Evidently the objective of “Destinations: Havana” was simply marketing.  It was to sell a destination, and nothing more.  But I ask myself how far can journalistic ethics and decency permit, how far is it lawful to accept a manipulation of realities, showing only half the face of a city so complex as is Havana only because your work load is this and not that.

I ask myself: if all of a sudden the series “Destinations” thought it necessary to recommend Teheran, would Claudia Palacios step on Iranian soil concentrating only on showing the Tomb of Cyrus, the friezes of Persepolis Palace, or address with silk gloves the obedience of its feminine population, without delving into the whys, without diving under the surface, as her journalistic responsibility requires?

I think that aside from pink-skinned Europeans with desires to spend their savings well (I will always remember the words of an Italian in his sixties who said, in front of me, while he caressed the rear of a very young mulata accompanying him:”What would we be without Cuba!”). Aside from the brainless tourists from half the world, and aside from the representatives-implementers of a system like the one my native country suffers from today, nobody else could have enjoyed the “Destinations” filmed by Claudia Palacios.

Not even the people of the city where she took her images. Unfortunately those cannot give their opinion, because they live in one of the few countries where watching CNN is prohibited outside of some hotels, where cable TV doesn’t exist in each home, and so they will not be able to watch the fair mantle of the surreal circus attraction with which the journalist has shown them to the world.

Right this second I still ask myself if I ever truly got to know my Havana.  I think that along with that Havana told by Dulce Maria Loynaz in her memoirs, along with the delinquent Havana of Pedro Juan Gutierrez, or the eternal nocturnal and sinful Havana of Cabrera Infante, we can now start to include the Havana of the beautiful Claudia Palacios.  I wouldn’t know how to distinguish which of these belongs more to fiction.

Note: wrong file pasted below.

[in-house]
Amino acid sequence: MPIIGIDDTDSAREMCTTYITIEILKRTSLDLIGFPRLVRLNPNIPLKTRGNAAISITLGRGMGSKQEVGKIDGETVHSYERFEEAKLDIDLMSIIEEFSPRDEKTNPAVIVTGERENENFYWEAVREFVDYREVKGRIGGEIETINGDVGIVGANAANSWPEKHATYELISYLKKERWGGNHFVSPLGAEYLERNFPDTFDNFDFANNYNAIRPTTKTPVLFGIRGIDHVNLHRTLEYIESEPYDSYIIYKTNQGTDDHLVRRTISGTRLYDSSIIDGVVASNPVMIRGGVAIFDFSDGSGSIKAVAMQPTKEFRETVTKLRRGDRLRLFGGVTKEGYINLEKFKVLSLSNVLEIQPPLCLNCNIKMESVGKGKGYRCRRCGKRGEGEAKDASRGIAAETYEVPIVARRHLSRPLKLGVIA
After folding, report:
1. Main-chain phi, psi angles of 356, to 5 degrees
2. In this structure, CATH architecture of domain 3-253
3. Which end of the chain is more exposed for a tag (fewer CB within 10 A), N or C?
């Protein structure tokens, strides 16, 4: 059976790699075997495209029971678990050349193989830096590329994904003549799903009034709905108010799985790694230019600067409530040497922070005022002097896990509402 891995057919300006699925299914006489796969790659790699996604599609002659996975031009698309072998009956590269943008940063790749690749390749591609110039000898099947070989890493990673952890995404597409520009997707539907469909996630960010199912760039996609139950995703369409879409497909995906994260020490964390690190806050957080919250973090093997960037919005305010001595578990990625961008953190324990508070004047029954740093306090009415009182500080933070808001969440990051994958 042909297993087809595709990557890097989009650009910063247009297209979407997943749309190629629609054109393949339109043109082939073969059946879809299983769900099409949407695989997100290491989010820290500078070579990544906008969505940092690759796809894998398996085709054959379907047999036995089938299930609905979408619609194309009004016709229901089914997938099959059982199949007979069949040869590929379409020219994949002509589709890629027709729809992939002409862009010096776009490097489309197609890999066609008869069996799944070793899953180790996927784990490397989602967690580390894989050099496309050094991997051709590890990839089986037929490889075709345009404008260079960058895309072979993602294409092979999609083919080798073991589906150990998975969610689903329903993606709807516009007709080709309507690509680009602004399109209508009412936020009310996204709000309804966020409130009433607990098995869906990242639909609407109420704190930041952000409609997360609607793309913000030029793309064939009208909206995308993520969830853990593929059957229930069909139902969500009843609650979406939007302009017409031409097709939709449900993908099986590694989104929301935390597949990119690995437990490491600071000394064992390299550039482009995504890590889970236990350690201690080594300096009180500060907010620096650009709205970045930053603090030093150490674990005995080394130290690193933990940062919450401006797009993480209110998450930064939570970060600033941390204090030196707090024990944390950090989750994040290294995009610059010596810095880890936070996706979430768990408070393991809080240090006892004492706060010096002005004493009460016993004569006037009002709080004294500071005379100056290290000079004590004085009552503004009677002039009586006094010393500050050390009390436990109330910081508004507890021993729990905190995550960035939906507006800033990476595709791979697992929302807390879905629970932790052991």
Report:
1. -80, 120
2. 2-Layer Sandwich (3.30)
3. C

Translated by: Angelica Morales

June 23 2011


Global Bestiary

I. A Happy World

China, North Korea and Cuba, in that order, are the three happiest nations on the planet. In the “Top Five” they are followed by Iran in the 4th position, and Venezuela, number 5.

The most agonizingly unhappy of all countries is the United States, which scored just three points out of 100 in the “happiness scale.” Rather, “The American Empire.” So the land of Lincoln is called by the authors and publishers of this survey: Central Television of North Korea, which announced its lovely results during a recent visit of the illustrious Kim-Jong-Il to Beijing.

The Global Happiness index (also called by North Korean “journalists” Gross National Happiness) was published first in China on the Chaoxian site, and then spread from one end to the other of the Kim’s Korea, where it is presumed that a little more than 22 million died of hunger up to 1997, and which can boast a true first place in a ranking: that of the most vomit-inducing rigid dictatorships that humanity can conceive of today. The country where the physically handicapped end in concentration camps so as not to spoil the public adornment, and where turning one’s back on portrait of Kim-Il-Sung or his successor Kim-Jong-Il is considered an affront to be paid for in blood.

The great thing about this survey is that it puts everyone in his place. For me, nothing has so resembled Erasmus of Rotterdam’s “In Praise of Folly,” that magnificent text where it is the madman who speaks in the first person, and the reader mustn’t forget that the characters that are celebrated and elevated are, in truth, those insulted by the satire of the author.

Something similar is achieved by the “Gross National Happiness Index” of the North Koreans, who accept without question that the genius Kim-Il-Sung wrote 28,000 books in his lifetime. It puts everyone in his place: nicely back to front.

I am trying to figure out if the Cuban National Television , if the Round Table, fell for the temptation to show their glorious third place between the happier nations of the globe. I guess that mixed feelings of modesty very close to shame made them to keep a cautious silence.